Hamburg is a port city in Germany. It’s located on the Elbe River, about 50 miles (80.47 km) northeast of Berlin. The city is a wonderful place to visit. It has a great mix of old and new, so you can soak up the history and culture, but also enjoy some of Europe’s best shopping and nightlife.
If you’re traveling on a budget, there are plenty of things to see and do for free in Hamburg. We’ve put together the best spots for you to get the most out of the city without breaking the bank. All you need to do is meet Germany’s requirements, then you’re ready to hit Hamburg and explore its many sights.
Learn History at the Port of Hamburg
Hamburg is one of the most important ports in Europe. It has more than 68 miles (110 km) of navigable waterways and is the largest seaport in the country.
Hamburg is a city of seafaring traditions, and it is no surprise that the Hamburg Port Authority has been a player in the city’s history since its founding. The port management contributes to the success of the commercial and industrial companies, as well as high-quality services for tourists. There are still plenty of ways to experience Hamburg’s waterways. There are tons of parks along the river that have great views of the city – and some even have trails that go around it.
View the Architecture of Hamburg City Hall
When you visit Hamburg, you can’t miss the city hall. This is a great place to visit if you are looking for some culture and history. The building is home to the city’s mayor and other important officials, including members of its parliament. The hall also hosts events such as concerts, lectures, and parties.
Hamburg City Hall is a beautiful building with a history that dates back to 1886. Hamburg Town Hall is a magnificent example of German architecture, and it’s one of the most photographed buildings in Germany.
See the Futuristic HafenCity
HafenCity is one of Hamburg’s most popular districts, and it contains a mix of old and new architecture. You’ll find everything from cobblestone streets to modern high-rises. The neighborhood is one of the largest urban development projects in Europe and has been designed to be sustainable, environmentally friendly, and innovative.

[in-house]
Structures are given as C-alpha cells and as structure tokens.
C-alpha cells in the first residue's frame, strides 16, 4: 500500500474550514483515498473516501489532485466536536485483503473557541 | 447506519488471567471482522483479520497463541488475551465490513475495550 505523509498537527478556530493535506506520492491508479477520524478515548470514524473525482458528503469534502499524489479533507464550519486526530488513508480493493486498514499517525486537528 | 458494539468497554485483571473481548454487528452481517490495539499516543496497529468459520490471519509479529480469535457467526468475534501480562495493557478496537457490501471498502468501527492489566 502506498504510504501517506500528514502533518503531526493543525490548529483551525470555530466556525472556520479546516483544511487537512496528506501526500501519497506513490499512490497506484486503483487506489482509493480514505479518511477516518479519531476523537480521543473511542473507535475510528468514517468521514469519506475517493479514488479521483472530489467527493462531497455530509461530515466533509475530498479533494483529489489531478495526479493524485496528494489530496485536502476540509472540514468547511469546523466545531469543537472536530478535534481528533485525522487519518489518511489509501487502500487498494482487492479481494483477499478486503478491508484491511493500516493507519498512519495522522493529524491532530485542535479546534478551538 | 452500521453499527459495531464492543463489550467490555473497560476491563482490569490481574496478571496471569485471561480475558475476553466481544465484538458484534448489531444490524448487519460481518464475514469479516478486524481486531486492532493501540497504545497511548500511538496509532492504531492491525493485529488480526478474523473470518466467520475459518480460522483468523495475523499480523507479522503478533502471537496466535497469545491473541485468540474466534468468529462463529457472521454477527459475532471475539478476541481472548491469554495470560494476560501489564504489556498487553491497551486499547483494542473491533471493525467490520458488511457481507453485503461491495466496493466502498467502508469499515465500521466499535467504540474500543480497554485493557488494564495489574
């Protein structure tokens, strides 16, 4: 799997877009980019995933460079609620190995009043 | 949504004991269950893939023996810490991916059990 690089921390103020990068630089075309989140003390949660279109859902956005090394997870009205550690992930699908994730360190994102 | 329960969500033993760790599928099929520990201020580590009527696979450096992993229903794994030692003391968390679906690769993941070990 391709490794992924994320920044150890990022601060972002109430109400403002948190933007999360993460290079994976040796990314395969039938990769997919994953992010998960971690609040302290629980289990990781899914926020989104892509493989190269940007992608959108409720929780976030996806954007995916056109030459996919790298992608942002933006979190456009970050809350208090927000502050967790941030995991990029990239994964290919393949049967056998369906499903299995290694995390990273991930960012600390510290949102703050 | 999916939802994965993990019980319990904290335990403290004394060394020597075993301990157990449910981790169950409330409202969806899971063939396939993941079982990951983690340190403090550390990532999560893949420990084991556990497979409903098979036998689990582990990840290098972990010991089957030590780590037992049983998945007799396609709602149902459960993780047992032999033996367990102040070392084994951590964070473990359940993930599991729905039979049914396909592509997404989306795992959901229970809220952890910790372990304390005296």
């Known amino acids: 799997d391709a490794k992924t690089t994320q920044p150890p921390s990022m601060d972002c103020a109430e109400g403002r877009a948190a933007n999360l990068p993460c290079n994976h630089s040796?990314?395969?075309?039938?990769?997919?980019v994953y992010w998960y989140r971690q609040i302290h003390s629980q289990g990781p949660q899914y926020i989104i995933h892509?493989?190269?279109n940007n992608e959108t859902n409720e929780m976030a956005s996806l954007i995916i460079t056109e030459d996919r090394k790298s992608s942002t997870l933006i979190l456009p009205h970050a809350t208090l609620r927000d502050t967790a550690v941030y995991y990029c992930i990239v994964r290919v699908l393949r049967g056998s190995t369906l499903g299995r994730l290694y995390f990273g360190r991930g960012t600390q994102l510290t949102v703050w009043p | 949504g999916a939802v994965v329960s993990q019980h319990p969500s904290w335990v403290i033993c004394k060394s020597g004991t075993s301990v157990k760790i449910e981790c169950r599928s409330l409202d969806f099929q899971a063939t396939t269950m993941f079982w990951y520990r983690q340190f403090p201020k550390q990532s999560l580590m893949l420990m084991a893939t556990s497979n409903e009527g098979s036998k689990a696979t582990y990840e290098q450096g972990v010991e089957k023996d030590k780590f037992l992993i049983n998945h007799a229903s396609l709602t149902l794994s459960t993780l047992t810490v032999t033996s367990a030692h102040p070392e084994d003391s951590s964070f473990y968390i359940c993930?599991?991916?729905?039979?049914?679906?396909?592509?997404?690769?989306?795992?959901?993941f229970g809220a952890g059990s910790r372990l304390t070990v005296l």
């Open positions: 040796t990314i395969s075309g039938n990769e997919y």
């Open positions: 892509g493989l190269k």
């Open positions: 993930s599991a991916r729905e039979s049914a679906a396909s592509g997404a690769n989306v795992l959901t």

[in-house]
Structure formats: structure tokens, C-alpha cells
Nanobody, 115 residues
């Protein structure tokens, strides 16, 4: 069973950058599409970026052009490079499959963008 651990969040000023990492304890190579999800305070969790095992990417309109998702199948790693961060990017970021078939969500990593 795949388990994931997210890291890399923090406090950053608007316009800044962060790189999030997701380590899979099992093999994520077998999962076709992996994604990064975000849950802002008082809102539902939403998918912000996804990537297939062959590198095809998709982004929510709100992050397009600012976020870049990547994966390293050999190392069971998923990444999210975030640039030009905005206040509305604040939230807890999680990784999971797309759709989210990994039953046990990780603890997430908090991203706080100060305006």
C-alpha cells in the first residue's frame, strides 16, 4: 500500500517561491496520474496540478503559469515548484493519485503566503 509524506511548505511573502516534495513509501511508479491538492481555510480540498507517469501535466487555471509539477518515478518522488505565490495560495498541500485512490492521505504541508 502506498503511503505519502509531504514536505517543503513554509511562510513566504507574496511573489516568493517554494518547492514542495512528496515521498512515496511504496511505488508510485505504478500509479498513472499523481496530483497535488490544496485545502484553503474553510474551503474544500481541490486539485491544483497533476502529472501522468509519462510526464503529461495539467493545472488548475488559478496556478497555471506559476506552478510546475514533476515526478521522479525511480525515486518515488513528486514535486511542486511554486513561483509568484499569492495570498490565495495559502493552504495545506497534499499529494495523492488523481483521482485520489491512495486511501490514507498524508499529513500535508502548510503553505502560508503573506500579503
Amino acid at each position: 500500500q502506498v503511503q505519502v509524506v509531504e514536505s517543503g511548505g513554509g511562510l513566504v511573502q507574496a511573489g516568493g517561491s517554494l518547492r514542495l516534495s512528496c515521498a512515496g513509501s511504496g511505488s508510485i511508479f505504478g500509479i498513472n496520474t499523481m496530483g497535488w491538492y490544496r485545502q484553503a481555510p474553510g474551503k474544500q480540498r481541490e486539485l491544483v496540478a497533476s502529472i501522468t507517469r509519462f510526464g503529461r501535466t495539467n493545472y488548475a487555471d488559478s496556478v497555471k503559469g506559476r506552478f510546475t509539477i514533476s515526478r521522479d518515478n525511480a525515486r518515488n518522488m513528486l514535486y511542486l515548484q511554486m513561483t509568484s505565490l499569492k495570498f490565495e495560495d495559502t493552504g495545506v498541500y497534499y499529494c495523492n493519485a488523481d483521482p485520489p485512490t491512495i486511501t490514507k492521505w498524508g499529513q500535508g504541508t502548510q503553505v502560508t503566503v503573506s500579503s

One of the highlights of HafenCity is the Elbphilharmonie concert hall – popularly named by locals as Elphi. The hall is the city’s newest landmark, with 3 impressive concert halls, a hotel, apartments, and a plaza.
The Iconic St Michaeliskirche
St Michaeliskirche, locally called Michel, is one of the most well-known churches in Germany. It’s located on the banks of the river Elbe and is one of the most famous landmarks in the city. The 18th century church is the largest in Hamburg, featuring 2,500 seats, 5 organs, and a crypt. A number of famous people are buried here, including composers Johann Mattheson and Carl Philipp Emanuel Bach.
The church is dedicated to the Archangel Michael, who appears in the form of a large bronze statue above the portal. The towering Baroque spire of the building is another iconic part of the architecture, which stands out majestically in Hamburg’s skyline.
Get Some Nature at Planten un Blomen
Planten un Blomen Park is a beautiful place to go if you want to relax, take a walk, and enjoy nature. Better yet, the park is open year round with no admission fee. The park is divided into different areas with different themes such as: English garden, Japanese garden, rose garden and herb garden plus much more.
If you stay around until the evening, you’ll get to see the spectacular fountain show known as Wasserspiele. Between April and August, the show starts at 10pm, and 9pm in September.
Wander Through the Alter Elbtunnel
The tunnel is a masterpiece of engineering, connecting the city of Hamburg with the river Elbe and its port. It was built in 1911 as part of a larger project to modernize the city’s infrastructure and make it more competitive with other ports in Europe. The route is now closed to vehicle traffic and has since become a tourist attraction, with people visiting it to take in the view of the river or just explore its unique architecture.
Explore Treppenviertel Blankenese
Treppenviertel Blankenese has a historic feel, as it dates back to the 17th century, when it was first built as a residential area for wealthy merchants. Today, this quiet neighborhood has become one of Hamburg’s most desirable places to live. Take a walk around the quaint winding streets and admire the views of the river from the hills that surround the area.